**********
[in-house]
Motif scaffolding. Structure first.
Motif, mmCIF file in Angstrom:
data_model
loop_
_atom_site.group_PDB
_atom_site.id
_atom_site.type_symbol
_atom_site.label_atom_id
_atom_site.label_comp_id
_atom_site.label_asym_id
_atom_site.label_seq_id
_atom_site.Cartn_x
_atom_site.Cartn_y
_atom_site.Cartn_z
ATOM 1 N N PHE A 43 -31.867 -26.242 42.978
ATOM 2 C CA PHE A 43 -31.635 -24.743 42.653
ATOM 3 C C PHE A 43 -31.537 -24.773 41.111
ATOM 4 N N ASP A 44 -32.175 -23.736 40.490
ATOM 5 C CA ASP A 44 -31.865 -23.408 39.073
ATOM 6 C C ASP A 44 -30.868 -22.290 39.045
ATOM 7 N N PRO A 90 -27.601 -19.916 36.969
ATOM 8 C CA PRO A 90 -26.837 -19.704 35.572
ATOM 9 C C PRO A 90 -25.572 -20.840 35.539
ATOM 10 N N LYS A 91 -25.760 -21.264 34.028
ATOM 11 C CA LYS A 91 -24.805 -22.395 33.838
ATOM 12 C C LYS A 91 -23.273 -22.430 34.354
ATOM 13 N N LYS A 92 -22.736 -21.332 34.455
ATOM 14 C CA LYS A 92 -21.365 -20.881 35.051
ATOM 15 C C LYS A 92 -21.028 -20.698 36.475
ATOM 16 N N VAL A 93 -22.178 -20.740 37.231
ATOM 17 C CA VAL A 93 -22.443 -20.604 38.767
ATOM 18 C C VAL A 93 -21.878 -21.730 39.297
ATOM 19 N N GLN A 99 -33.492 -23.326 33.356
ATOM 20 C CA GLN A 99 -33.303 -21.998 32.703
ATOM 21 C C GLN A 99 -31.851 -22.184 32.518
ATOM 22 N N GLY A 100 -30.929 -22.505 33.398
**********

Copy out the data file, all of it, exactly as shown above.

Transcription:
[in-house]
Motif scaffolding. Structure first.
Motif, mmCIF file in Angstrom:
data_model
loop_
_atom_site.group_PDB
_atom_site.id
_atom_site.type_symbol
_atom_site.label_atom_id
_atom_site.label_comp_id
_atom_site.label_asym_id
_atom_site.label_seq_id
_atom_site.Cartn_x
_atom_site.Cartn_y
_atom_site.Cartn_z
ATOM 1 N N PHE A 43 -31.867 -26.242 42.978
ATOM 2 C CA PHE A 43 -31.635 -24.743 42.653
ATOM 3 C C PHE A 43 -31.537 -24.773 41.111
ATOM 4 N N ASP A 44 -32.175 -23.736 40.490
ATOM 5 C CA ASP A 44 -31.865 -23.408 39.073
ATOM 6 C C ASP A 44 -30.868 -22.290 39.045
ATOM 7 N N PRO A 90 -27.601 -19.916 36.969
ATOM 8 C CA PRO A 90 -26.837 -19.704 35.572
ATOM 9 C C PRO A 90 -25.572 -20.840 35.539
ATOM 10 N N LYS A 91 -25.760 -21.264 34.028
ATOM 11 C CA LYS A 91 -24.805 -22.395 33.838
ATOM 12 C C LYS A 91 -23.273 -22.430 34.354
ATOM 13 N N LYS A 92 -22.736 -21.332 34.455
ATOM 14 C CA LYS A 92 -21.365 -20.881 35.051
ATOM 15 C C LYS A 92 -21.028 -20.698 36.475
ATOM 16 N N VAL A 93 -22.178 -20.740 37.231
ATOM 17 C CA VAL A 93 -22.443 -20.604 38.767
ATOM 18 C C VAL A 93 -21.878 -21.730 39.297
ATOM 19 N N GLN A 99 -33.492 -23.326 33.356
ATOM 20 C CA GLN A 99 -33.303 -21.998 32.703
ATOM 21 C C GLN A 99 -31.851 -22.184 32.518
ATOM 22 N N GLY A 100 -30.929 -22.505 33.398